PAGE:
How-to Start to Heal From Verbal Abuse

While no relationship is perfect, there is a point where a relationship can turn abusive. Many people think of abuse as only being physical violence, but abuse can be verbal as well. Verbal abuse can be very painful and detrimental to the person experiencing it, and the relationship as a whole. It can be difficult to leave any relationship, even a bad one. Do not stay in an abusive relationship. While it may take a lot of time and support, you can start to heal from verbal abuse in a relationship. Know you can come out stronger, happier and healthier on the other side.

How-to Start to Heal From Verbal Abuse: Recovering from an Abusive Relationship

Cut Ties

The first step to start to heal from verbal abuse in a relationship is to cut ties with your ex. Some people think they need to stay in contact with their ex. You probably know that you should not contact them, yet for some reason you want to. This could be because you want to show your ex you are better off without them. It also may be because you feel you need to offer them forgiveness. However, in this situation, it is important to cut all contact with them. You do not want to fall back into the same bad relationship cycle again.

According to the National Domestic Violence Hotline, it’s difficult to feel closure until you have cut all ties with your ex. Good steps to take are deleting their number from your phone and stop following them on social media. This will keep you from reaching out to them on a whim. If you do feel the desire to contact them, find ways to distract yourself. For example, go for a walk, call a friend, or do whatever you can to get your mind off of contacting them.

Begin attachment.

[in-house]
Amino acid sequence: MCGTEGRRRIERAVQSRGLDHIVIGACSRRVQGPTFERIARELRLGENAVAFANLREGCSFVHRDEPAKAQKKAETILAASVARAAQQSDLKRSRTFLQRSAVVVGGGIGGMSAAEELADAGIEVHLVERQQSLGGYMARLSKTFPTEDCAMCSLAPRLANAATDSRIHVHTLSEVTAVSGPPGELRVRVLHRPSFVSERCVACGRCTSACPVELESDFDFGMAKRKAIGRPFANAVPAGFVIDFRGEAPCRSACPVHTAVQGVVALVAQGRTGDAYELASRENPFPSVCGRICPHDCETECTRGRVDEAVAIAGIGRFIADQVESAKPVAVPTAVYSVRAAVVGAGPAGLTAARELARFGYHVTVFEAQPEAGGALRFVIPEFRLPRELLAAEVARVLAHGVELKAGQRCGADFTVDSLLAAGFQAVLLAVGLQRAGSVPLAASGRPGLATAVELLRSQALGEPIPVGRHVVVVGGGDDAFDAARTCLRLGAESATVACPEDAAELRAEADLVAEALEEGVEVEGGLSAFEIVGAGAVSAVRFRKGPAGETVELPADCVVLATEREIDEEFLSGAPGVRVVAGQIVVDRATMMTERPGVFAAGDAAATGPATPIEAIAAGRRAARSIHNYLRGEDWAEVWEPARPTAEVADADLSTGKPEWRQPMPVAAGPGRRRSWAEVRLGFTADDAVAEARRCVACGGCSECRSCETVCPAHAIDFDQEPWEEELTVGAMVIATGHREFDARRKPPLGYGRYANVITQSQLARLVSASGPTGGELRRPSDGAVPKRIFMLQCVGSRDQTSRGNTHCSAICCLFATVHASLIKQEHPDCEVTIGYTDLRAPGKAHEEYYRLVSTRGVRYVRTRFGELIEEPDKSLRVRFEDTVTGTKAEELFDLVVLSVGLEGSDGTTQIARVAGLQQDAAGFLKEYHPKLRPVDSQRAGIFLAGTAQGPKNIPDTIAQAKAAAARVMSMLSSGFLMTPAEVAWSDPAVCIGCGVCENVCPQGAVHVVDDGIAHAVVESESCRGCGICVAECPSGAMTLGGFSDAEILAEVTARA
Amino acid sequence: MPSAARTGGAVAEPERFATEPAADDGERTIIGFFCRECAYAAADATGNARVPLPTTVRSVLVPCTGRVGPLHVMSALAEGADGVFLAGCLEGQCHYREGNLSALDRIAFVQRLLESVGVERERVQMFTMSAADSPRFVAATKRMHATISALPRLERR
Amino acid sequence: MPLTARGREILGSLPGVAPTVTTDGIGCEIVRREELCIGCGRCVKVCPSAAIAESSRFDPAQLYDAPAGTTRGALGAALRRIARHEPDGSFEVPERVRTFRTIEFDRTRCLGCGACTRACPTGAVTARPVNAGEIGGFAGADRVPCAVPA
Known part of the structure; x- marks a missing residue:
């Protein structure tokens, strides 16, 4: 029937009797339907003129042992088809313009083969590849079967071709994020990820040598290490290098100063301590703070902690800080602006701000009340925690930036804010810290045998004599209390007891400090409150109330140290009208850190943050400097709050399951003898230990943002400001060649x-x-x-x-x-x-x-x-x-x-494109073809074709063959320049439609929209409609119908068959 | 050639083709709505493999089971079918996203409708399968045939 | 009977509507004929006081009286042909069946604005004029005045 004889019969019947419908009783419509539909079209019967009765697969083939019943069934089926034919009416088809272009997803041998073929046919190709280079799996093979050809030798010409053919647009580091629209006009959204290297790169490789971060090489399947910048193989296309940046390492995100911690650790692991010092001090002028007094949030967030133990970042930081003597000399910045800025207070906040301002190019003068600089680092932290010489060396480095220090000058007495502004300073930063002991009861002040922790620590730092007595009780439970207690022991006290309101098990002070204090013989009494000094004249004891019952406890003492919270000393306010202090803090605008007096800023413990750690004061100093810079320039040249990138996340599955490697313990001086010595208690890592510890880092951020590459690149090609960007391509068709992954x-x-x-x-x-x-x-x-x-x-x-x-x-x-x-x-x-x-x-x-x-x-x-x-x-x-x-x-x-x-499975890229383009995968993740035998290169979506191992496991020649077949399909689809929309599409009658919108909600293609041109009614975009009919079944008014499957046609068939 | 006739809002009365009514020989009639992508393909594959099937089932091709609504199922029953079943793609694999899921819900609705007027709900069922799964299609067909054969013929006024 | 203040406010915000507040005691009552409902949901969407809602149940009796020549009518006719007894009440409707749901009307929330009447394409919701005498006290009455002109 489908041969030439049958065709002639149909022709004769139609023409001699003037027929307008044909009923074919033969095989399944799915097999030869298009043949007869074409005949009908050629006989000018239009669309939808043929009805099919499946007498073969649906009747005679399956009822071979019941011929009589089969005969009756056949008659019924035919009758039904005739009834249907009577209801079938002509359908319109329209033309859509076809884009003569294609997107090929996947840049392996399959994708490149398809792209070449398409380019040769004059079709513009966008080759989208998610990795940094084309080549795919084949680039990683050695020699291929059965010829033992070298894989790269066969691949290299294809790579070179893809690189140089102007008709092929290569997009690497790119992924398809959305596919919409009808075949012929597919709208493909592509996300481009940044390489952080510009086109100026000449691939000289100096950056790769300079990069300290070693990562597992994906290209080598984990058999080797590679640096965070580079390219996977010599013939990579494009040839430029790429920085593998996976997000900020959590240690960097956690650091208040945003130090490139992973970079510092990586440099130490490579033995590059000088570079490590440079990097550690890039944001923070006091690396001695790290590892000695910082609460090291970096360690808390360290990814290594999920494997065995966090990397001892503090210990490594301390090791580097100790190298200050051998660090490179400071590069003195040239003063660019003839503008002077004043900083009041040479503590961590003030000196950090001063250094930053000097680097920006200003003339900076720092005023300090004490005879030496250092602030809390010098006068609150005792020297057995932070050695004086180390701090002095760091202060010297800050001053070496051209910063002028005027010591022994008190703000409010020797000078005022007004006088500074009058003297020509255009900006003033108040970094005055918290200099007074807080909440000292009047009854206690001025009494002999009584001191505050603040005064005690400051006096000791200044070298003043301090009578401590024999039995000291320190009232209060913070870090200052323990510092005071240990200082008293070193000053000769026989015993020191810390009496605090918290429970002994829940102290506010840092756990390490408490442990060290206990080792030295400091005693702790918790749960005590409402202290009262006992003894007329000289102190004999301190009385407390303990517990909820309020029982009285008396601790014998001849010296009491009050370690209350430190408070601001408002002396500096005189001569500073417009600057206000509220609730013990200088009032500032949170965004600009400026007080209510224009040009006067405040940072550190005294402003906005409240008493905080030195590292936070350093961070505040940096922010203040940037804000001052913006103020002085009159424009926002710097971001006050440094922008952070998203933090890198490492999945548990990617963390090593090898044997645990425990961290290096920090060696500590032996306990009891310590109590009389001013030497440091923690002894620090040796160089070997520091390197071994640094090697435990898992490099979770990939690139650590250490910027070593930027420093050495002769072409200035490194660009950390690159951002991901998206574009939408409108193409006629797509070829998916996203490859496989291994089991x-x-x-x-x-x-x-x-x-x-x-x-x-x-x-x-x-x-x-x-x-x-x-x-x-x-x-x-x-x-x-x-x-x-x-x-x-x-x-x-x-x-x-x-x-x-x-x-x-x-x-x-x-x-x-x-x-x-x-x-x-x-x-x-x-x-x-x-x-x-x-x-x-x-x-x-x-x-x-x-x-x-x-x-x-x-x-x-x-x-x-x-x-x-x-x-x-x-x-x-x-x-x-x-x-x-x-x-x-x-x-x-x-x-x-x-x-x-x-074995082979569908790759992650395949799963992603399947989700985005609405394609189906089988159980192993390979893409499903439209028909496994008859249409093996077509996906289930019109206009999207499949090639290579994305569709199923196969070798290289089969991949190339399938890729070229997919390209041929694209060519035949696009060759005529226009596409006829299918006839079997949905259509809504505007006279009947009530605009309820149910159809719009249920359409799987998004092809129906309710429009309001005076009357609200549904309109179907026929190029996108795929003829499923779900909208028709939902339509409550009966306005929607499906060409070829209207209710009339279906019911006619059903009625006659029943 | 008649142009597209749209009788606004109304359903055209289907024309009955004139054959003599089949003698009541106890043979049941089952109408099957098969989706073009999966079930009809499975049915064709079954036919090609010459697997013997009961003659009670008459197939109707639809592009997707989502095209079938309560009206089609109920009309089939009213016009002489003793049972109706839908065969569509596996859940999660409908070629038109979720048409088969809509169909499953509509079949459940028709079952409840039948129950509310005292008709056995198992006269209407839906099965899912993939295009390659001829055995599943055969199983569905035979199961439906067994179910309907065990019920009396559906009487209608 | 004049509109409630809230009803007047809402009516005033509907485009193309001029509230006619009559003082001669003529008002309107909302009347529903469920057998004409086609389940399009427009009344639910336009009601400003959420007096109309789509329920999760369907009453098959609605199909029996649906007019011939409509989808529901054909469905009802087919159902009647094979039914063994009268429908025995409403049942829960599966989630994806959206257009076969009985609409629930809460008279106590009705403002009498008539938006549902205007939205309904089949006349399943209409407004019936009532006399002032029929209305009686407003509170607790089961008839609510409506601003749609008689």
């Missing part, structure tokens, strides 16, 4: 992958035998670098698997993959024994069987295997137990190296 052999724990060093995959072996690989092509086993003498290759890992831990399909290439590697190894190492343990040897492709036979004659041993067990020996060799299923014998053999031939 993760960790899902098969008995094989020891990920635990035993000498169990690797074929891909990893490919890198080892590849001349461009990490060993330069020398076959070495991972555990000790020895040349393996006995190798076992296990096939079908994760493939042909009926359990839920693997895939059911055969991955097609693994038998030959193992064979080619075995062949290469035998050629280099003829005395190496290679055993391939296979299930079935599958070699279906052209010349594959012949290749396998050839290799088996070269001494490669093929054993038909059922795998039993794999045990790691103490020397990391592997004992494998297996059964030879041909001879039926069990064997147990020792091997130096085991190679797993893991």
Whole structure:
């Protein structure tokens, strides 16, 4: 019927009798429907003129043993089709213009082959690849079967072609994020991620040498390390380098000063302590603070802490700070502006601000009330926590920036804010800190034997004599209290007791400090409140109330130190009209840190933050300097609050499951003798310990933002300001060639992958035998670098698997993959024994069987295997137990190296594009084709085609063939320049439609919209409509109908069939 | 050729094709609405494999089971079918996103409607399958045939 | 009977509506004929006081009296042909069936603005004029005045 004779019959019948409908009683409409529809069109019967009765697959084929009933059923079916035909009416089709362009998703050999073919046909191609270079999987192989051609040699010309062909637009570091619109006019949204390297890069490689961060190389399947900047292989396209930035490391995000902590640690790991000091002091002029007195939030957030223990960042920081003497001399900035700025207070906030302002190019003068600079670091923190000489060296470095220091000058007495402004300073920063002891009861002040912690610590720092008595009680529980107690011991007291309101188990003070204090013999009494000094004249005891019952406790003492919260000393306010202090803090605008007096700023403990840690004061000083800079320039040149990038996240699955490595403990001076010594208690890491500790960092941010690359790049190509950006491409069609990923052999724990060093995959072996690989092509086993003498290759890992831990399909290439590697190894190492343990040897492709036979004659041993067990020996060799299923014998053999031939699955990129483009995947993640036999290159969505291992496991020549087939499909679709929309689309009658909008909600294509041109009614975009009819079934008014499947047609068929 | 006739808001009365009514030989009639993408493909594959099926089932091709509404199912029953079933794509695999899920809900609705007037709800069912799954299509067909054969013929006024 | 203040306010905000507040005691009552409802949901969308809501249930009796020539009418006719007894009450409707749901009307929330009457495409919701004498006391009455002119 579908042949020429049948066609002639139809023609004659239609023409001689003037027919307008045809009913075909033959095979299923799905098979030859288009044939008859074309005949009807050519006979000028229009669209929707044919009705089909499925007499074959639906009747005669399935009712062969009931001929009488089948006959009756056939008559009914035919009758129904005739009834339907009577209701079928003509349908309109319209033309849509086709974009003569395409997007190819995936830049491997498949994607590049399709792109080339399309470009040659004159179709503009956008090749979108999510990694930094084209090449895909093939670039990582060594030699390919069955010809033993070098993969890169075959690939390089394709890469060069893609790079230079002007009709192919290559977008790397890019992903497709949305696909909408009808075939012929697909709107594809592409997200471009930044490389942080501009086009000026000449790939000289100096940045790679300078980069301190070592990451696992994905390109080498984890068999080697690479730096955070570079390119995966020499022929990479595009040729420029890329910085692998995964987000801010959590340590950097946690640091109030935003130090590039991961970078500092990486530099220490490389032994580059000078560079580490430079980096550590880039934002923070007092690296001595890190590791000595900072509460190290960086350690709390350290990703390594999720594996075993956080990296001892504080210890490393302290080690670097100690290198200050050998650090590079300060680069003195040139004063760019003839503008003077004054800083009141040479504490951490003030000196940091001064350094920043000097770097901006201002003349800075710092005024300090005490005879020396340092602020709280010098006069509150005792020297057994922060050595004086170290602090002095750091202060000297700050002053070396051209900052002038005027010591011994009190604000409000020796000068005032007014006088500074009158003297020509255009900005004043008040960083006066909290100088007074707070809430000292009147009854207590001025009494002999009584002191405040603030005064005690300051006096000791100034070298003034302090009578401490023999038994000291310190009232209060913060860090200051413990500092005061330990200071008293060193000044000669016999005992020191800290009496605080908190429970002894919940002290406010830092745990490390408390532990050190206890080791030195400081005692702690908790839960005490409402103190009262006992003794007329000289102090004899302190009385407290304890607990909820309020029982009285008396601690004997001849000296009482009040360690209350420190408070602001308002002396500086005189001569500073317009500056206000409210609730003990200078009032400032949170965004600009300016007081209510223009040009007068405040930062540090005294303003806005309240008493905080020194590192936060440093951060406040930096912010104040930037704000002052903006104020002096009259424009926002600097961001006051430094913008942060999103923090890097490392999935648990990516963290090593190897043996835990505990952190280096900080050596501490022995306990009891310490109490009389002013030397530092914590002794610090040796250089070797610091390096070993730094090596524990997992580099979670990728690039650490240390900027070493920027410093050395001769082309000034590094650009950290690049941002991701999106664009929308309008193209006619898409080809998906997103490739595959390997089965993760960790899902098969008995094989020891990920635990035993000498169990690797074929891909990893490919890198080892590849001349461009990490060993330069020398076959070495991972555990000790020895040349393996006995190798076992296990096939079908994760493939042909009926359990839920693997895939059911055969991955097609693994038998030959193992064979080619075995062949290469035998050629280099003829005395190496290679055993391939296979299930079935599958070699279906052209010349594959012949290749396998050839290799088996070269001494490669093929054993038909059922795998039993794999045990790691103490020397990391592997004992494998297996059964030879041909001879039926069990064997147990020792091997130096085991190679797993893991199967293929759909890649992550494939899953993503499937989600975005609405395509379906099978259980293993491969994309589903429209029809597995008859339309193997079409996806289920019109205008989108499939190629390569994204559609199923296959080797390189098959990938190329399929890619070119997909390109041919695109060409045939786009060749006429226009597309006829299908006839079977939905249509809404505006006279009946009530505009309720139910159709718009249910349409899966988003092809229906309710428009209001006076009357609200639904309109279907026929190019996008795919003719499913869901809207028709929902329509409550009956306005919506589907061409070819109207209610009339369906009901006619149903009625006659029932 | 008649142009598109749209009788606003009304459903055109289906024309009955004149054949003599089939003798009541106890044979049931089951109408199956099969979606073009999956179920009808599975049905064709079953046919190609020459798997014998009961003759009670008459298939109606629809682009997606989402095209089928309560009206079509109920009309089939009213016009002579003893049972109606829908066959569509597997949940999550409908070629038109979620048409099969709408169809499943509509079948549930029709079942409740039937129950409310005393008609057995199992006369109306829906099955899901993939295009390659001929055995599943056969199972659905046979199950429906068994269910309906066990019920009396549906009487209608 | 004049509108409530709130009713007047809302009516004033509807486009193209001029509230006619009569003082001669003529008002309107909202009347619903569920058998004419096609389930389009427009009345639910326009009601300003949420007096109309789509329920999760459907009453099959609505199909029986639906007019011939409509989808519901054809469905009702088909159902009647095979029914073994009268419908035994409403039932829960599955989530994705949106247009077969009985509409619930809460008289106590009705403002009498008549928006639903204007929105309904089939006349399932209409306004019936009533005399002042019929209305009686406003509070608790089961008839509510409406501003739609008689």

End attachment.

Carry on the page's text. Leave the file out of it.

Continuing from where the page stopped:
Process Your Emotions

Anything we go through something traumatic in our lives, we experience strong emotions. It is not surprising that starting to heal from verbal abuse can be an emotionally challenging process. You may feel low self-esteem, depression, anger or isolation. You may even miss your ex. Work through these emotions in a healthy way. Write in a journal, cry, scream, go for a run or find an activity that allows you to mentally and physically process your emotions.

Seek Support

When going through a tough time, it is important to have a good support network when. This could be a combination of friends, family, and a councilor. You will want to surround yourself with people you can talk to without fear of judgment. Oftentimes, people in abusive relationships isolate themselves from others. Reconnect with your friends and family to be surrounded by a loving support group. Additionally, find a therapist who specializes in domestic violence. They will be able to work through the recovery process and help you move forward with your new life as you heal from verbal abuse.